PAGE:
So instead, they’ll visit a staff member, tell them the direction has changed, and document it in the staff member’s employment file. Now I don’t care whether it is corrective action or it is not…………When an employee has just been told that basically they are not delivering service in the way the company is now looking to deliver service and that employee watches you write that on an official form that is going in their file it gets perceived as a bad thing. Period End of story.

Coaching is a good thing. I believe in it. Even the best of teams have a coach – so they can continue to get better. I’m all for coaching. I’m not for clipboards representing corrective action when YOU changed the rules and “forgot” to tell me.

If this was a one time incident I wouldn’t even have bothered writing this piece. But numerous long-term employees have shared this story with me and I believe there is a lesson for any company about communication and sharing information with your staff. Employees don’t want money. They want information and open communication. Okay, they want money too. But when you can’t give them that the other stuff is free!

Why are memos not issued when company directions change? Why isn’t information communicated in a way that people understand it? Why isn’t there a company meeting to share the news and get people on board and heading in the new direction together? How the heck can your company direction change and you not tell the people who are out there on the front lines, but take the opportunity instead to disengage them? 

Unless of course Pound Observers has other reasons for not sharing information?

HEY YOU! That’s not how you engage me OR get my business

If you’ve been in an airport you have encountered the credit card hawkers trying to get you to sign up for an airlines credit card. You’ll get a free trip they tell you. They don’t tell you about blackout dates or the gazillions of other miles you’re competing against for that last remaining awards seat. Or having to go at bizarre hours and through 16 cities to reach your destination. On the flip side there are good perks – like your first bag flies free.
But this was my most recent experience with these folks:
“Hey you with the propeller hat come here.”

Yes that’s how they apparently are trained to get your attention. I should try that…..HEY YOU READING THIS!; hire me to bring a recess to your organization to get your people reengaged, recharged and thinking how to be better.

Hey you!?

While amusing it clearly won’t get my attention. If anything it makes me want to throw rocks at you.

But the other day I decided to have fun. I walked over to them and asked what this ‘hey you’ crap is. I then asked what this ‘come here’ crap is. About the only good thing you did is acknowledge my beanie.

Get out from behind the kiosk and come to me. Come engage me in a conversation. Make a connection with me while I hope not to miss my connection. Walk me to my gate. Offer to pull my luggage or carry my backpack.

But for crying out loud hey you is not going to get me interested in you, your product, or your service.

So hey you……next time I see you I hope you’ve changed your approach. After all I do carry rocks.

Teach your employees to engage me; not waste my time.

The other afternoon I picked up my phone and the voice on the other end introduced herself. She is a Virtual Assistant (VA). She was calling around to businesses in the community to see if I knew what VA’s were and if I might have a need.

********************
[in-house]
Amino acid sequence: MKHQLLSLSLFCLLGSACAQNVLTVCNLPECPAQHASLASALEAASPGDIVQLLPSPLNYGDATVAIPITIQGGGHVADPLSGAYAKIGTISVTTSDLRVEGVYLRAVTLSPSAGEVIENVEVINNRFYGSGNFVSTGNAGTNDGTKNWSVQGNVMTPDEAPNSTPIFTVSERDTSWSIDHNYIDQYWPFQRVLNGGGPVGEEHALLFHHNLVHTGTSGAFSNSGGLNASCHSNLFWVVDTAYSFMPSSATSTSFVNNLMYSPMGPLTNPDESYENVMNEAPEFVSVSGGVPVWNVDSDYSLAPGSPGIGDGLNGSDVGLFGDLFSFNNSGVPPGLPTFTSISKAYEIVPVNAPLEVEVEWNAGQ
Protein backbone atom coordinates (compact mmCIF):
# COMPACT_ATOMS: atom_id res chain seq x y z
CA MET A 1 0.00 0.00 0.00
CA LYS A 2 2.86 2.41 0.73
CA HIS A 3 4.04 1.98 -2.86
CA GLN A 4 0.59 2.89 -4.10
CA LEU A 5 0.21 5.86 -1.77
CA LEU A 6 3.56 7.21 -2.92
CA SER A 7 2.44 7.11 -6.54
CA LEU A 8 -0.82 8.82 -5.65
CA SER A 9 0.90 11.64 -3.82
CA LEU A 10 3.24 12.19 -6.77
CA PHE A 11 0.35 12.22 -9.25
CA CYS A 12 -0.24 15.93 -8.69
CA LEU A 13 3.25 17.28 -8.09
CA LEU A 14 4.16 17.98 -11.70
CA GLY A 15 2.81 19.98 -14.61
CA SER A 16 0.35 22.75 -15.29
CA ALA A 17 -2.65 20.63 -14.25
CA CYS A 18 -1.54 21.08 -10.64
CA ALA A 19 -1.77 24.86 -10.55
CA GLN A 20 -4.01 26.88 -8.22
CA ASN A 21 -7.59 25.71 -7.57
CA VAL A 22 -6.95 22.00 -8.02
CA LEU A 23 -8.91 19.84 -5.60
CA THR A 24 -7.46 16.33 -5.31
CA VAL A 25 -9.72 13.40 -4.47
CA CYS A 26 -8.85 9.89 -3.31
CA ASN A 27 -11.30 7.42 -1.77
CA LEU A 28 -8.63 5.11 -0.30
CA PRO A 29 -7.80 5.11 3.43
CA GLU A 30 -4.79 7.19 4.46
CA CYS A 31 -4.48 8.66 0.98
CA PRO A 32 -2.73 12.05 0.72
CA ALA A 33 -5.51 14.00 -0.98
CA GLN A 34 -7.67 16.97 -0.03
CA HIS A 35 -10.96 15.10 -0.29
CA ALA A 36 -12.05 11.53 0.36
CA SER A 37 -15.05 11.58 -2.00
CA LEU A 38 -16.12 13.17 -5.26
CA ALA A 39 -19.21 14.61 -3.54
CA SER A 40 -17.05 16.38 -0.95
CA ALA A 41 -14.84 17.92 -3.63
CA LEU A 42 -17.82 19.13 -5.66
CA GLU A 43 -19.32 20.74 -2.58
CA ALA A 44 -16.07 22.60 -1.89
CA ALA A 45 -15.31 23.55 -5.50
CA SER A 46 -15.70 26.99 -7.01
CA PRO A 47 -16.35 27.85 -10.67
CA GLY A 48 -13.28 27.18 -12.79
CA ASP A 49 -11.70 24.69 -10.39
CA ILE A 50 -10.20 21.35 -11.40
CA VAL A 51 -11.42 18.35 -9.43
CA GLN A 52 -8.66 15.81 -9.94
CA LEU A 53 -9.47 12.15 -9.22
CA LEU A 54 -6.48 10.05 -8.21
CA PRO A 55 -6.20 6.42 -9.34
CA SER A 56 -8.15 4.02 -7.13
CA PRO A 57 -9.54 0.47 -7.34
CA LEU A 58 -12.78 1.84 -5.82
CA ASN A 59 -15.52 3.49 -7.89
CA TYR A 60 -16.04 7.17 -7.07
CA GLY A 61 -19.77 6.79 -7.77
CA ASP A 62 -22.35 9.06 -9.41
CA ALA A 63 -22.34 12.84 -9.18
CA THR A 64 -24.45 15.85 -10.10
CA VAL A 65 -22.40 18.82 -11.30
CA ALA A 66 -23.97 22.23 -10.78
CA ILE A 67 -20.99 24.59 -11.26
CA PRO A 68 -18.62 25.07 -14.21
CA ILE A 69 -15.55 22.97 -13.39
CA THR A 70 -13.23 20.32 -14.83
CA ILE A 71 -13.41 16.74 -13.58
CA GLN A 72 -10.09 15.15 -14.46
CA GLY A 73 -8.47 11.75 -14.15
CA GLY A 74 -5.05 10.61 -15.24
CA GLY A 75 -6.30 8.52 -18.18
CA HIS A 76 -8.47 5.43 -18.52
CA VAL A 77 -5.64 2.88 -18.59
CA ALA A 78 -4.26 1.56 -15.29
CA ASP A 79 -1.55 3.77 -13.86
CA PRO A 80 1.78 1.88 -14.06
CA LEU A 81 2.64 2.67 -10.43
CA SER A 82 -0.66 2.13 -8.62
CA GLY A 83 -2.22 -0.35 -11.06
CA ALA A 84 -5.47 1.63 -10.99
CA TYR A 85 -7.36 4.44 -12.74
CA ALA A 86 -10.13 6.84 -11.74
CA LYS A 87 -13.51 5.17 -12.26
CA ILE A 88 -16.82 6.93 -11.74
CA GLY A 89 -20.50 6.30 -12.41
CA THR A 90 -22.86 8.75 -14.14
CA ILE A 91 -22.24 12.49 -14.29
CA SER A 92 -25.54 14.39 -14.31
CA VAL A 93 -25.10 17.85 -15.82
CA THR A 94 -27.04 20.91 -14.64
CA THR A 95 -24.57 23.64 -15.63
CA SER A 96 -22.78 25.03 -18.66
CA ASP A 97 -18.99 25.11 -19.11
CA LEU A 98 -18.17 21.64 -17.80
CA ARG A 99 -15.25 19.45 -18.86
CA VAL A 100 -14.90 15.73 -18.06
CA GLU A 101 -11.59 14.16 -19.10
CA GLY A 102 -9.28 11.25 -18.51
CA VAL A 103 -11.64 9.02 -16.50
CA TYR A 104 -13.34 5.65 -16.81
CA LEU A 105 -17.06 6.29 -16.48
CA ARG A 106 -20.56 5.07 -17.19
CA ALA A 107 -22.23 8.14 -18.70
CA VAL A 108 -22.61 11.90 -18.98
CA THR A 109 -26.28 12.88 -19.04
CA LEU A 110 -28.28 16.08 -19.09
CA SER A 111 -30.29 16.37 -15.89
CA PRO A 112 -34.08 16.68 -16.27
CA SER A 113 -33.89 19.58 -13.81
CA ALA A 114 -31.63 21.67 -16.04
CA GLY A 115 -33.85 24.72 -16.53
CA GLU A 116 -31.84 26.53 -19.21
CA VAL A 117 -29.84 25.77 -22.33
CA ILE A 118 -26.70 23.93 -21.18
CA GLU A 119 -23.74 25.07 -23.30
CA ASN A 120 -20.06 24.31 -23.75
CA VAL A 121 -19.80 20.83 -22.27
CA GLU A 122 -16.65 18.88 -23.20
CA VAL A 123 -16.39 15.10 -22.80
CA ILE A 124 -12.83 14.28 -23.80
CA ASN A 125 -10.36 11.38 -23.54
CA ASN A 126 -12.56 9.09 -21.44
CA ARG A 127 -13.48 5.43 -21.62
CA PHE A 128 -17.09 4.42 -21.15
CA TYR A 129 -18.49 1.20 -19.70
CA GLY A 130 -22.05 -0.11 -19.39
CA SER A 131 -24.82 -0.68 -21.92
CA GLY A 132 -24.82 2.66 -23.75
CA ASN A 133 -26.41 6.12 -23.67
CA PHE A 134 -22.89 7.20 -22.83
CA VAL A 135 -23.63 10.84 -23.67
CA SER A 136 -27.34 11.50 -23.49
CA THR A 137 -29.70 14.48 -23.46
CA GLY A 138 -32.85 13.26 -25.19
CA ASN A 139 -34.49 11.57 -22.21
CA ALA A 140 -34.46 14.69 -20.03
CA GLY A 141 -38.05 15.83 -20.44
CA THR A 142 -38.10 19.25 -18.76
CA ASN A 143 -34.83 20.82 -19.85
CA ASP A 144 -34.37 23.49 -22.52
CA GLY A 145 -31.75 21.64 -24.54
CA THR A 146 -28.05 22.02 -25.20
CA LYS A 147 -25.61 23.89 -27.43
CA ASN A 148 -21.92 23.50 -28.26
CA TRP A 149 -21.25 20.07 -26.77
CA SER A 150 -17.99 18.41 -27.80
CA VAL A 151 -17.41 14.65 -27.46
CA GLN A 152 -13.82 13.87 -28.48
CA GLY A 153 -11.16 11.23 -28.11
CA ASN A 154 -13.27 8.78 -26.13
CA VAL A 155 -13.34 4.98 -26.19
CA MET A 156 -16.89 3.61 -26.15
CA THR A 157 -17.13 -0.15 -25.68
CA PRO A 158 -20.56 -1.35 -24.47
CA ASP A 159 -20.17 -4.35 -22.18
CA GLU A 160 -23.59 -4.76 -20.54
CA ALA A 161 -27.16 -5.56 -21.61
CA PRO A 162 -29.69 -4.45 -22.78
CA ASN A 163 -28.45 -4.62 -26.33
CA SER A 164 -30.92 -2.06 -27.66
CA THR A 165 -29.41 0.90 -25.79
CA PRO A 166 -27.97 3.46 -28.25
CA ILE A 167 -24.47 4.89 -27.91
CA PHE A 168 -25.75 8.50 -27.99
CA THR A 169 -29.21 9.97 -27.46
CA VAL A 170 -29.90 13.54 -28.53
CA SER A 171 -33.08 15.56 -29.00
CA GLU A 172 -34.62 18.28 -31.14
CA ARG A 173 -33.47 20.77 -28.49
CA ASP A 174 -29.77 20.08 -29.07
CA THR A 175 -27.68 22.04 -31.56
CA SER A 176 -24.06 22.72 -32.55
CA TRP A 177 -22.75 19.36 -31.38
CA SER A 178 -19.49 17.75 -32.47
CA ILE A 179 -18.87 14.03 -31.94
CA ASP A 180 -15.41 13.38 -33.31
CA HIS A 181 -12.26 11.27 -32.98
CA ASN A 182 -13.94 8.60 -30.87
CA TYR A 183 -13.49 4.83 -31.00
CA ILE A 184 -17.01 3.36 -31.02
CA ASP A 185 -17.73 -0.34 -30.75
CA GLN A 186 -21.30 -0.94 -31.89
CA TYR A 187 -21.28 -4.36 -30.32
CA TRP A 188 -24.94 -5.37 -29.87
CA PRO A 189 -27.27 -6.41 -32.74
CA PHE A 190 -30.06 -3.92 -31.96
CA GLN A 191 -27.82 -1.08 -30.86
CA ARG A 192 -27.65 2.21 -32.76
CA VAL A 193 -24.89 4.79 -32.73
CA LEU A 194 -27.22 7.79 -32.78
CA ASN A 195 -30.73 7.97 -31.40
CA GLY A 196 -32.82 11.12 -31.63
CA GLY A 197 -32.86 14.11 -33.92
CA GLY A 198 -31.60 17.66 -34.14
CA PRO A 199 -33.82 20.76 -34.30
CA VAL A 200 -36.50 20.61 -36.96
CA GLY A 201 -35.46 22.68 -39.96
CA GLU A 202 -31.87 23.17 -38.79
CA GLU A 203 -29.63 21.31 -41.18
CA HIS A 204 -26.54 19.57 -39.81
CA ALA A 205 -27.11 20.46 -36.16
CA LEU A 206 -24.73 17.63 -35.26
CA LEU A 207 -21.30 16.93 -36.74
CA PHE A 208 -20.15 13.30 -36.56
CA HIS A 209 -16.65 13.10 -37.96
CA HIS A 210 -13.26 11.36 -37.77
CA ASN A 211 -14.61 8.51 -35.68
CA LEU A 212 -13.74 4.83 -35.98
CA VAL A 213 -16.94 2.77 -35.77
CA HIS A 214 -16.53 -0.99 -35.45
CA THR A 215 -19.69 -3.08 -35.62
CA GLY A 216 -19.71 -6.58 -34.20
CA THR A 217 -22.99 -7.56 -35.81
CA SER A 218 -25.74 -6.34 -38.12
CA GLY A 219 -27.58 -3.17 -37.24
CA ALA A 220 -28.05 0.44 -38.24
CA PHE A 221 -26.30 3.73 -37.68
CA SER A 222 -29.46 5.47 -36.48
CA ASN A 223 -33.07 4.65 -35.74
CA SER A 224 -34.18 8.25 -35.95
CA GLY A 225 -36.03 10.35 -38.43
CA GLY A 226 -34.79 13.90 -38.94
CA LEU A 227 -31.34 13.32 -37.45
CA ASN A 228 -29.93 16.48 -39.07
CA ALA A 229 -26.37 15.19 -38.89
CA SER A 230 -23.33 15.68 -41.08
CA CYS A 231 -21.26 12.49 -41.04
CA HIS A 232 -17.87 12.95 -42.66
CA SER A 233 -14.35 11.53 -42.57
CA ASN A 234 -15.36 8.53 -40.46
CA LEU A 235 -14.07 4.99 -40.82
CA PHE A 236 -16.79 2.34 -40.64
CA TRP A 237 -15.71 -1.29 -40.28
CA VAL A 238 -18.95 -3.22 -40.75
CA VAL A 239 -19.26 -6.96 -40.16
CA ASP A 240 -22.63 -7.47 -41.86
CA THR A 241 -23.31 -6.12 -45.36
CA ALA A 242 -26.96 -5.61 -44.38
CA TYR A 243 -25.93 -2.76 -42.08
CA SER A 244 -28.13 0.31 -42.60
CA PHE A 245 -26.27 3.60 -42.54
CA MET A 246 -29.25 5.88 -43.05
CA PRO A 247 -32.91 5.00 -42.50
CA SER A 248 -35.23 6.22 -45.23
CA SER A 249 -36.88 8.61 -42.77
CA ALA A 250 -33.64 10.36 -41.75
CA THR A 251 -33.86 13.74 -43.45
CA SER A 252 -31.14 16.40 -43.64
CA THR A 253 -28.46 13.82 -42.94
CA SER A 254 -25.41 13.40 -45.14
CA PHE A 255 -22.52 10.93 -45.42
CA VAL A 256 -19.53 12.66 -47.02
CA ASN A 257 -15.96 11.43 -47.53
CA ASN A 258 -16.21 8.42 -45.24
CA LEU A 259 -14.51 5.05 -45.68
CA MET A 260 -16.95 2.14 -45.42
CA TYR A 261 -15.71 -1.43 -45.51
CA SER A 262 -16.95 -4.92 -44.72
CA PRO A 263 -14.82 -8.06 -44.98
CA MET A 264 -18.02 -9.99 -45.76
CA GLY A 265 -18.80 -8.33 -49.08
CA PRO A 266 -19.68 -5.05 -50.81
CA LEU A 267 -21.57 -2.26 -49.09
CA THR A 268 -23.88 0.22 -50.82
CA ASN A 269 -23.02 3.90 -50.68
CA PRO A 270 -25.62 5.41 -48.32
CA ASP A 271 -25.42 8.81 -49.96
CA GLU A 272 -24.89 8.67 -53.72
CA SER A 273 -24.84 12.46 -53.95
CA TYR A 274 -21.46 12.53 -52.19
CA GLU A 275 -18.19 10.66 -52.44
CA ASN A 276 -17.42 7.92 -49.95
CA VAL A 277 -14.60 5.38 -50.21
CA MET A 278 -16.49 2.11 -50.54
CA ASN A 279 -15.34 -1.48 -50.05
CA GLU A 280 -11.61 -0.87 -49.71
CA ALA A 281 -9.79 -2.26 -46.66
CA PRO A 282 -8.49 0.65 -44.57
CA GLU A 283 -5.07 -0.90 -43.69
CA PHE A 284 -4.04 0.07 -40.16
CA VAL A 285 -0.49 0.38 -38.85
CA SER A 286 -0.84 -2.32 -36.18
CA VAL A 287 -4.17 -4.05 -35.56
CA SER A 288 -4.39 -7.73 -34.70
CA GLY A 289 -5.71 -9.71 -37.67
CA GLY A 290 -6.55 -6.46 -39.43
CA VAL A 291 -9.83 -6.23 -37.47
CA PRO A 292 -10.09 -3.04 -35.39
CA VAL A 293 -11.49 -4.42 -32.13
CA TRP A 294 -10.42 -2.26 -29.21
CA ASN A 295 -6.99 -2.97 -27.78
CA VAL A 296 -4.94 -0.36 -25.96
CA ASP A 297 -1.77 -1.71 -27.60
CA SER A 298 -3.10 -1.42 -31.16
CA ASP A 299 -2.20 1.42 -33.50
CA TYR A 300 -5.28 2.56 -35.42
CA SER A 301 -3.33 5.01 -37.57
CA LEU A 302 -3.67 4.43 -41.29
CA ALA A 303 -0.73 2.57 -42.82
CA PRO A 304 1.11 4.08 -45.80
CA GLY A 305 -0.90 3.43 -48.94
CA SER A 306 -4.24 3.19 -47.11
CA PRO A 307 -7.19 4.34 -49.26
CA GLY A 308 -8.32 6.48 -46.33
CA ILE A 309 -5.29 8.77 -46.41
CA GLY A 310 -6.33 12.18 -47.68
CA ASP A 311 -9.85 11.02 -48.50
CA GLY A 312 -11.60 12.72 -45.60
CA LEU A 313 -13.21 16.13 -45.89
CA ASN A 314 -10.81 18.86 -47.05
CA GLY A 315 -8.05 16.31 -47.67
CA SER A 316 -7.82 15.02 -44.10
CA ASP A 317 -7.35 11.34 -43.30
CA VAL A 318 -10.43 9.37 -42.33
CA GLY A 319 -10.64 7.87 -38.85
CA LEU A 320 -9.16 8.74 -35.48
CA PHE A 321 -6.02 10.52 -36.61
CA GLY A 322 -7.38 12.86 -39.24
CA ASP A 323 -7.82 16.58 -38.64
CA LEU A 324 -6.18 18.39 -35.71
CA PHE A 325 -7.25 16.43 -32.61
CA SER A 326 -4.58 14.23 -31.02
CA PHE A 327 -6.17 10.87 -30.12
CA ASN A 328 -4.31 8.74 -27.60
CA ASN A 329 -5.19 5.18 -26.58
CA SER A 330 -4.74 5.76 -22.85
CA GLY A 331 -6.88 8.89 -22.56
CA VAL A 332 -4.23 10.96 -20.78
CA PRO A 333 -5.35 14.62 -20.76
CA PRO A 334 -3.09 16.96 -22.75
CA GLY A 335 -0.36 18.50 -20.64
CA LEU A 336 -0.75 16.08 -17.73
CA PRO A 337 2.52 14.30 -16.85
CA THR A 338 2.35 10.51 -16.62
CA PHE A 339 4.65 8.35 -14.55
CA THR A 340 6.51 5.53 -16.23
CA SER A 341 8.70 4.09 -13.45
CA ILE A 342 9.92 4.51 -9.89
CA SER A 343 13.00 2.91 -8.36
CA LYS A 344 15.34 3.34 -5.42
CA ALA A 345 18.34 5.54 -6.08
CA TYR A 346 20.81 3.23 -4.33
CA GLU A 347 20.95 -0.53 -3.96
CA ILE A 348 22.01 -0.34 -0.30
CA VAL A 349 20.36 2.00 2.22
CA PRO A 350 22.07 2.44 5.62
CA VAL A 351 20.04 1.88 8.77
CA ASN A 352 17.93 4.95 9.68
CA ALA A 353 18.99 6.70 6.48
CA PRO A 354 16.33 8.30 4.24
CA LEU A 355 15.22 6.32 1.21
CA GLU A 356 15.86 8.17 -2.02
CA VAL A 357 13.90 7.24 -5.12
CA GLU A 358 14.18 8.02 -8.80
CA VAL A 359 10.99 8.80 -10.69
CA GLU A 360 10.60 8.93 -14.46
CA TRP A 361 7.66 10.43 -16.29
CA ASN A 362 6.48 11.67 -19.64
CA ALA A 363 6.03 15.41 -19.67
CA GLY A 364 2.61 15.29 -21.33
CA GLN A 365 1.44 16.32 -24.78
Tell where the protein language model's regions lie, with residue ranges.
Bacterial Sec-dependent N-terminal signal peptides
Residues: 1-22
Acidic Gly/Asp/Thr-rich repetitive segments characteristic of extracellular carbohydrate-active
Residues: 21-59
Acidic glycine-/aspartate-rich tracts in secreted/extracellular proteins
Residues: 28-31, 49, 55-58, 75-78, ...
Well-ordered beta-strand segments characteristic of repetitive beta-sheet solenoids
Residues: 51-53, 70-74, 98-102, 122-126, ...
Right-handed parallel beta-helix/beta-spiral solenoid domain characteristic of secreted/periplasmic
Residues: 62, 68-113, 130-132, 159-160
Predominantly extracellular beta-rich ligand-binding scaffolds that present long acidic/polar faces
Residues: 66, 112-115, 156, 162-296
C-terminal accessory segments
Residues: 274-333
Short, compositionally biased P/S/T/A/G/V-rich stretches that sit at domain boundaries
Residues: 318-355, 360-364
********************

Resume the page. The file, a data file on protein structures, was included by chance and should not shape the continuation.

Now first of all good for her. I hate cold calling. Would rather listen to heavy metal music (can’t stand it) all day long.

I told her I am familiar with VA’s and I do work with one from time to time. She thanked me and hung up.


As I writing this post the phone rang……”Did you get your AT&T book?” I asked who this was and what they were talking about. She wanted to know if I had received my AT&T yellow page book. I told her I guess not. She asked if I wanted one. I said no. Okay bye, was her response.


In both of these cases I did not end the conversation. I left it wide open for them to ask me questions like:

  • Are you happy with your VA?
  • What do you use your VA for?
  • Thank me for using VA’s (after all a good VA is a member of his or her professional association and is also concerned about the brand/industry.
  • Why don’t I want the book?
  • Where do I look for information if I am not using the yellow pages?

I left the door wide open to engage me in conversation; perhaps to give them business ideas; or in the case of the first woman; to perhaps build a relationship should my situation change.

But as usual both of these people (as are most businesses) were just looking for the immediate kill.

Too bad. Especially since the VA I currently use just informed me of an upcoming rates increase.

Sorry. Your employees and your business really aren’t that unique.

I’m a customer. I browse. I shop. I buy.

Okay, I usually don’t browse.

I’m the in and out kinda shopper. Know what I want, get it, and leave. Or walk in, see the first thing that meets my current need, get it and leave.

But while I’m there I pay attention. I pay attention to employees. Are they smiling? Are they frowning? How can two people who work side by side seem to be having such drastically different work experiences? Are they gossiping? Are they complaining about company policy, the boss, other customers, or perhaps even me?

I’m in tune to what is going on so I can share it with my clients and customers. Because your business is really not different than any other business. While you might think you are unique and different, I hate to burst your bubble. You’re not. Your issues, problems, concerns, successes and failures are no different than any business within 10 miles of you. It’s how you respond to those things that matters.